Here’s what it looks like. First of all, I start with an affirmation. I start off not resenting the fact that they asked me to review this proposal. But I’ll say something like, “Hey, congratulations. You’ve done what 97% of most aspiring authors will never do and that is create a written book proposal. That is a phenomenal first step. It’s a foundational step and an important one. Way to go.”

Then I move from the yes to the no. Here I want to give a very firm, unambiguous no, so there’s no misunderstanding. I’ll say something like this, “Unfortunately, in order to be faithful to my prior commitments, I have to say no.” I’ve made it very clear that I’m a person of integrity in terms of trying to be faithful to my other commitments, but I give them a firm no.

I don’t say, “Check back with me in a month. I’m a little busy right now,” because in a month it’s going to be the same story, so I might as well cut it off right now.

Then I end with a positive with a yes so that I leave a good taste in their mouth. I’ll say something like, “Best of luck with your publishing product. Let me know when it comes out. Can’t wait to pick up a copy. All the best. Thanks for honoring me with your request,” something like that.

I’ve never gotten a negative response when I follow up with an email like that. For the most part, people are just glad that they heard back from me because so often we send a request like that and we don’t hear because the person is procrastinating because they don’t know how to respond. They want to say no, but they don’t know how. I make it very clear.

Pete Mockaitis
Yeah, I really like that. I find that when you talk about we don’t know how to respond and we procrastinate, I find that I get a lot of requests, it’s sort of like someone’s presenting me with an opportunity, but I don’t think that they’ve given me nearly enough information to even evaluate if it’s worth talking for 15 minutes about the thing.

I’m trying to craft my TextExpander, generic response, which says, “I will need to know more before I can tell you whether or not I can talk to you about this,” which feels a little bit like, “Oh well, someone’s really busy,” but that’s really how I feel. It’s like “You know your product/service/offer better than I do. What you’re saying might be cool, but I really have no idea what this is supposed to be. Where’s the value here? Could you explain that so that I could tell you if we can find 15 minutes?”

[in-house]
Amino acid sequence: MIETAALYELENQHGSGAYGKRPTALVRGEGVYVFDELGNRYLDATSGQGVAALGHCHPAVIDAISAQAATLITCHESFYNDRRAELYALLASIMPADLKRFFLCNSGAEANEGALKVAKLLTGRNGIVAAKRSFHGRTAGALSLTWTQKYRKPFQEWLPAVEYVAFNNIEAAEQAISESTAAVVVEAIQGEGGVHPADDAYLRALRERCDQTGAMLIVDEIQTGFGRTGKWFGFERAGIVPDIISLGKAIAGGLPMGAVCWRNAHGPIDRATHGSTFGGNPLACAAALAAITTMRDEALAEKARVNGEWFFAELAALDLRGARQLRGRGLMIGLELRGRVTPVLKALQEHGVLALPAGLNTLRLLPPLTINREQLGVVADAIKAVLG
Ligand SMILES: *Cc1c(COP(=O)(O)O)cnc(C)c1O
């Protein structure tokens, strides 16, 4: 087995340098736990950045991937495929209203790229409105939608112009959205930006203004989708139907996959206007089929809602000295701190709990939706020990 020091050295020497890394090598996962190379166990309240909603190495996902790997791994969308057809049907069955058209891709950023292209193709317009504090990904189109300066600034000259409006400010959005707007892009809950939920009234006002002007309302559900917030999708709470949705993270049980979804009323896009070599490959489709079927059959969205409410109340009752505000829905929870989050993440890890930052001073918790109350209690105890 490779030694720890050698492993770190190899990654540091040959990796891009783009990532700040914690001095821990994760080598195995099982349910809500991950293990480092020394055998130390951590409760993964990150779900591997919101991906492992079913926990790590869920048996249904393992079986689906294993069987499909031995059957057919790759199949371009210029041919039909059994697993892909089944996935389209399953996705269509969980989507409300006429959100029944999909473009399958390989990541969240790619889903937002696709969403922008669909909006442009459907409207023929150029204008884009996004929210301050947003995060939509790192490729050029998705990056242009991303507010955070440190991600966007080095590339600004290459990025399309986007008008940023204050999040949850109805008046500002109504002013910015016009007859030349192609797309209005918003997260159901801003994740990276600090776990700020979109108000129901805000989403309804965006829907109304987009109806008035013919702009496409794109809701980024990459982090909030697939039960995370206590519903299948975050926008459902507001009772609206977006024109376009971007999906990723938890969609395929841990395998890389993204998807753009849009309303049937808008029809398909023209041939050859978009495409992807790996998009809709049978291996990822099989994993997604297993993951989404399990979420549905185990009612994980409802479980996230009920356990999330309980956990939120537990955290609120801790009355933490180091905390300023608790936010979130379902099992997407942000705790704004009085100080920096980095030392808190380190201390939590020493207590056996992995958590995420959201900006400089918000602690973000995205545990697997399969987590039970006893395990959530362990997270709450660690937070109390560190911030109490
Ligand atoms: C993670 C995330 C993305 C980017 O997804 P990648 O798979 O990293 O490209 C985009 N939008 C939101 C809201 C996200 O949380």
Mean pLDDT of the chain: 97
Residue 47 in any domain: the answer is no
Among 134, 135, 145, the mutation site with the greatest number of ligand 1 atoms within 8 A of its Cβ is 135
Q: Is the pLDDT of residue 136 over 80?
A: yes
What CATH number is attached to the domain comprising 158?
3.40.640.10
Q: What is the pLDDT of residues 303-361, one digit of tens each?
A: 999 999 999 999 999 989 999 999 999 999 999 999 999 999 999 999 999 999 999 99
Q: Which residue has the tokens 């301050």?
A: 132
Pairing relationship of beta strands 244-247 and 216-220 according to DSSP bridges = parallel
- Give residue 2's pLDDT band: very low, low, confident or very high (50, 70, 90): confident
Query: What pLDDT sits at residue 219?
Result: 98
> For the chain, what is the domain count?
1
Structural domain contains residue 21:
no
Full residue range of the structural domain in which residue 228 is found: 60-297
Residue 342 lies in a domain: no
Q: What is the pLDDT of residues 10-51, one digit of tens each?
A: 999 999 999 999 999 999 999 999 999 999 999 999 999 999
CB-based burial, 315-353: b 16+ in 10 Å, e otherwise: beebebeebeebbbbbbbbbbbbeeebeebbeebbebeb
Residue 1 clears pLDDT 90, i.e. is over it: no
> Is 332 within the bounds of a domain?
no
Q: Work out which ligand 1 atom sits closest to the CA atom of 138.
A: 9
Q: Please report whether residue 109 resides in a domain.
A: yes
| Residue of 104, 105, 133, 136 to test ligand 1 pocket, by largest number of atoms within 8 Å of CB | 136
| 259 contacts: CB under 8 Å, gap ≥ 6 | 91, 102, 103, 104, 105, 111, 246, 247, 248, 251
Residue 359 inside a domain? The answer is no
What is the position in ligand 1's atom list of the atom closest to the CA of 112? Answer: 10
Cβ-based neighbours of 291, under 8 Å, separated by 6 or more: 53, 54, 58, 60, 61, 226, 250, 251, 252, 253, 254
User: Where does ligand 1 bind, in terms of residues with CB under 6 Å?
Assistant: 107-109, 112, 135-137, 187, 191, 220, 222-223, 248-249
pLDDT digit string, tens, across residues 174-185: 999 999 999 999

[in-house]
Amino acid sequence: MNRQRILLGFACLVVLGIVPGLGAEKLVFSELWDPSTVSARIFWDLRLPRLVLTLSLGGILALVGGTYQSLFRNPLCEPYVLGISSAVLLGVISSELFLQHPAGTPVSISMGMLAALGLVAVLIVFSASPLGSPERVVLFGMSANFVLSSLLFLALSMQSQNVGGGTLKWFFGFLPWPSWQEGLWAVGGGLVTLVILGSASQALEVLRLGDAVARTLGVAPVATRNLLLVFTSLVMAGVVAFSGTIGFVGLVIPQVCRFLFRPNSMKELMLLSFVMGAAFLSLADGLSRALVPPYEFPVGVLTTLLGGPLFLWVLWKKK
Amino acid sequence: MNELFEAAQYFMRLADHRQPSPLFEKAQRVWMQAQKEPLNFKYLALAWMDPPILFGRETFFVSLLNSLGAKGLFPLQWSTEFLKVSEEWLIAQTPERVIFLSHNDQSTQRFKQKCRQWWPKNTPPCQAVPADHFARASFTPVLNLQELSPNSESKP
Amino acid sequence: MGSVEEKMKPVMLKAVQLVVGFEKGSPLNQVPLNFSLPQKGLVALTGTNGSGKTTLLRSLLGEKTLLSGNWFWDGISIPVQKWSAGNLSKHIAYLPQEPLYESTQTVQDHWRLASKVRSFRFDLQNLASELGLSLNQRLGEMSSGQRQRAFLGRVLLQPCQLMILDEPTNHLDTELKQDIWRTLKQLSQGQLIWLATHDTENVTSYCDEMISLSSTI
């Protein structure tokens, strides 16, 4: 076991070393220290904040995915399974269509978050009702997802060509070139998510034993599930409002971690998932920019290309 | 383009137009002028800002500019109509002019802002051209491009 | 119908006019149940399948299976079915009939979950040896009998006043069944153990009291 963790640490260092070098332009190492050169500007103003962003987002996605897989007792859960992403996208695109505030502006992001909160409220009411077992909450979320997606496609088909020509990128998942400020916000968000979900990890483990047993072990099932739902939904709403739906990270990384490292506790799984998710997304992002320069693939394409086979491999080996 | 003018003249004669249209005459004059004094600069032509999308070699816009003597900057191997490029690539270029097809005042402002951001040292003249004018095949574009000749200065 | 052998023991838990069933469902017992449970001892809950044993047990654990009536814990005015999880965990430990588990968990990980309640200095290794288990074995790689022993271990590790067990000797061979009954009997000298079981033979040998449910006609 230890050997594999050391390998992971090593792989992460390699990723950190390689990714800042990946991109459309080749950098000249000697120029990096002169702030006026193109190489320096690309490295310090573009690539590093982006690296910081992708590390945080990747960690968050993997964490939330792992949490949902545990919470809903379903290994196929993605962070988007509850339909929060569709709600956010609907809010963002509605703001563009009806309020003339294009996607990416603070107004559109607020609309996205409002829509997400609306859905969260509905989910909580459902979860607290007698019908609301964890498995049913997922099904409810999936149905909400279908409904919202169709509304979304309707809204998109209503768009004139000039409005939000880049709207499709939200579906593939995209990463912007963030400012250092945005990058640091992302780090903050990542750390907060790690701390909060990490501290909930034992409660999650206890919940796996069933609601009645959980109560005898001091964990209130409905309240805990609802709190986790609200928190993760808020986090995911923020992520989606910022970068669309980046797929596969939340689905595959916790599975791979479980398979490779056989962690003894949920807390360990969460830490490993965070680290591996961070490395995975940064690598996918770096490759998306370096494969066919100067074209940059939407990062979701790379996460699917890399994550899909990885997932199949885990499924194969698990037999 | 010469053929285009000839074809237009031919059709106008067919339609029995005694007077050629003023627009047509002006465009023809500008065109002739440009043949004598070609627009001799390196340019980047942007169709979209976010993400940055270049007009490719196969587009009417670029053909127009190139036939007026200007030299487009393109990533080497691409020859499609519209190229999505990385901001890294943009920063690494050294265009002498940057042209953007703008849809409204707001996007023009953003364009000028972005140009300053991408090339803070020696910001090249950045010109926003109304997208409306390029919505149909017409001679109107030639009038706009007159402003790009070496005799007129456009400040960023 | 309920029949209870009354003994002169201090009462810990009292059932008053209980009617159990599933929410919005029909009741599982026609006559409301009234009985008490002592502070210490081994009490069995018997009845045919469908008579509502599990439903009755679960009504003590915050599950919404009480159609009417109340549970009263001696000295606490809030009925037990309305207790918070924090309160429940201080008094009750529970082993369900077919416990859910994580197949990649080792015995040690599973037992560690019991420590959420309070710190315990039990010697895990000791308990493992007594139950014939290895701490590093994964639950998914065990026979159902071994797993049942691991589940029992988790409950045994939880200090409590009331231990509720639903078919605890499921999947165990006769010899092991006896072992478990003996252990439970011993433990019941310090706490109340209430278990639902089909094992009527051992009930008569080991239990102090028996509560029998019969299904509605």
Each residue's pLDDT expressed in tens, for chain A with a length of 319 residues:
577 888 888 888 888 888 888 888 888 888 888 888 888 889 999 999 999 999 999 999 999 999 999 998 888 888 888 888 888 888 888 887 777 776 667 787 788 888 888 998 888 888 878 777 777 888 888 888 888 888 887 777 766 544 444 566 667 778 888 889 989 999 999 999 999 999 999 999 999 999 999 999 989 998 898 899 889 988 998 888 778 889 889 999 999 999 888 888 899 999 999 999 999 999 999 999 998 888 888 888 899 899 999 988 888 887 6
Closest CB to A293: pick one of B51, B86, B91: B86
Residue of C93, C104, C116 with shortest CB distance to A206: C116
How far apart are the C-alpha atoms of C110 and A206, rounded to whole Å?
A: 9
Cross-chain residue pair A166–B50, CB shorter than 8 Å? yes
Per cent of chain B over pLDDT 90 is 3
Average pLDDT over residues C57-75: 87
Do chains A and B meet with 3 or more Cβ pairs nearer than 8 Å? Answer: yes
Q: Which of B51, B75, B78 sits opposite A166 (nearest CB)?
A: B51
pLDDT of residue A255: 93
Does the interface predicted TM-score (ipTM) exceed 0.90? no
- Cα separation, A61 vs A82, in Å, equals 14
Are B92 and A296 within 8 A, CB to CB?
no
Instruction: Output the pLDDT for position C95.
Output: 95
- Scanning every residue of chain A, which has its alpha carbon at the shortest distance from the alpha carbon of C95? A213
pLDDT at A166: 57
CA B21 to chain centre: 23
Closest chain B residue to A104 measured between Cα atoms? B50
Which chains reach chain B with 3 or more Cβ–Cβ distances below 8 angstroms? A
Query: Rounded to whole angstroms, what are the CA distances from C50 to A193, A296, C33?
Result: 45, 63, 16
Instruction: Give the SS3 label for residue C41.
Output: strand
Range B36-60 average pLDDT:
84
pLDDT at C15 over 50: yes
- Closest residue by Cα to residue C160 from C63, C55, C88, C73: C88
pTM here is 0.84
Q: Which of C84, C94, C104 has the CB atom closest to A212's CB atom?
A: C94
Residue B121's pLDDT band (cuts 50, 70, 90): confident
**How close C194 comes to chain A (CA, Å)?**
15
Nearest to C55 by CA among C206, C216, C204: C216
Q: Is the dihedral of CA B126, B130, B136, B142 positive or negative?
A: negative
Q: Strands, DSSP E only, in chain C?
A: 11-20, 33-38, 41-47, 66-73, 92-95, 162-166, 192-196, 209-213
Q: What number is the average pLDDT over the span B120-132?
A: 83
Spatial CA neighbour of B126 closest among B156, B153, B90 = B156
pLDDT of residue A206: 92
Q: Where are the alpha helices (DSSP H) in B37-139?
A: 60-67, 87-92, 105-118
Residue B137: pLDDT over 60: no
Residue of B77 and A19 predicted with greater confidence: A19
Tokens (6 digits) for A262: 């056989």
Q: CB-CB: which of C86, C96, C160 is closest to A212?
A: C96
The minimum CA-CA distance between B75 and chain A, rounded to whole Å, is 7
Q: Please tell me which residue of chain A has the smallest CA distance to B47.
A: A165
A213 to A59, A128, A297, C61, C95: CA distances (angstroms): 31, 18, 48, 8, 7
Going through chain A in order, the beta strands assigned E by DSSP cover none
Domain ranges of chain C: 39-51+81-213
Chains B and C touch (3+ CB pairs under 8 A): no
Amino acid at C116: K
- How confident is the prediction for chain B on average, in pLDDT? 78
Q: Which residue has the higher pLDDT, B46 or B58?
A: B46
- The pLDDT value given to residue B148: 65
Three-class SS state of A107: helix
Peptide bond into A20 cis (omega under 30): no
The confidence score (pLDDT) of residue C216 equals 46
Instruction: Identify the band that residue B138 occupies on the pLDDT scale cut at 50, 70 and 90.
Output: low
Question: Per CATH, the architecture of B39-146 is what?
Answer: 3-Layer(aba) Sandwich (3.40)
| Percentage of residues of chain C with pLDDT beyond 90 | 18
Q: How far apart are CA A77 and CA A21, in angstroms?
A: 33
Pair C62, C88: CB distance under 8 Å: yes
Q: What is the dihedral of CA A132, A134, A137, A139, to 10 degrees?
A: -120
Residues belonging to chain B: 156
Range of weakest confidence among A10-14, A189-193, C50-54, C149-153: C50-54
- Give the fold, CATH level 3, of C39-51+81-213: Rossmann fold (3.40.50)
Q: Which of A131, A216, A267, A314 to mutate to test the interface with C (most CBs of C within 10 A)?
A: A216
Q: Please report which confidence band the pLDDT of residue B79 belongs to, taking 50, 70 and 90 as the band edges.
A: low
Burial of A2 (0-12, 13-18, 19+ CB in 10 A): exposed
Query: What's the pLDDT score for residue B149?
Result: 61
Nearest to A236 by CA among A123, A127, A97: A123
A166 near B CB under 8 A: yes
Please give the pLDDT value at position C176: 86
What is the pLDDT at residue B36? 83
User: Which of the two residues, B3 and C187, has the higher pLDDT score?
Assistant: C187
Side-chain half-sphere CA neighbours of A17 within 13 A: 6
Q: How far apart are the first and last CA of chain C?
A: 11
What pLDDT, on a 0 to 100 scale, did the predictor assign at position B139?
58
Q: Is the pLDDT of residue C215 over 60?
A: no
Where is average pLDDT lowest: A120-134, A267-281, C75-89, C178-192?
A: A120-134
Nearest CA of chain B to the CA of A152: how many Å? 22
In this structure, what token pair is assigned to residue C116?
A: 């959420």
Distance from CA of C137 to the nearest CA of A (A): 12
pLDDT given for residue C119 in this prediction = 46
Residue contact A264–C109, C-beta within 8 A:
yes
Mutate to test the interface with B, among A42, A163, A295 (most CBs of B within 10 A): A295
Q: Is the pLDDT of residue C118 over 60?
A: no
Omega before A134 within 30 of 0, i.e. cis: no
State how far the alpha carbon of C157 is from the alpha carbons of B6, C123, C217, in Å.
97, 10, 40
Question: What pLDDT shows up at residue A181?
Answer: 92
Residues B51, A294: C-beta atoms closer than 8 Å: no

Michael Hyatt
See, that’s a perfect example of what I talk about in the next chapter on automation, where you take something like TextExpander or you could use your email apps signature capability, but come up with a list of email templates so that you can respond to the most common kinds of requests so that you don’t have to create it from scratch every time.

I’ve tried to develop sort of this template mentality, where I ask myself if this task I’m about to do if I think I’m going to have to do it again in the future, why not take a few extra minutes now, do it right, save it as a template or a TextExpander snippet so that I can reuse it in the future and not have to reinvent the wheel every time.

For that example, a great way to deal with that using the Yes, No, Yes framework would be to say, “Hey, thanks for thinking of me for your podcast. I’m honored. I would be happy to consider it, but I need just a little bit more information.” Then you’d go through the information that you need and then let it go from there.

Pete Mockaitis
There you go. That is a nice sentence. “I’d be happy to consider it. I need some more information.” Tell me, what are some other top templates you find yourself using again and again?

Michael Hyatt
Well, here’s what I did, how I started this. This is probably about 15 years ago. I noticed that there was sort of a limited range of requests that I was getting. I would get requests from people who wanted me to consider a speaking engagement or wanted me to consider serving on a non-profit board or make a charitable contribution or just have coffee with me so they could pick my brain. There were about 40 or 50 of these as I catalogued them.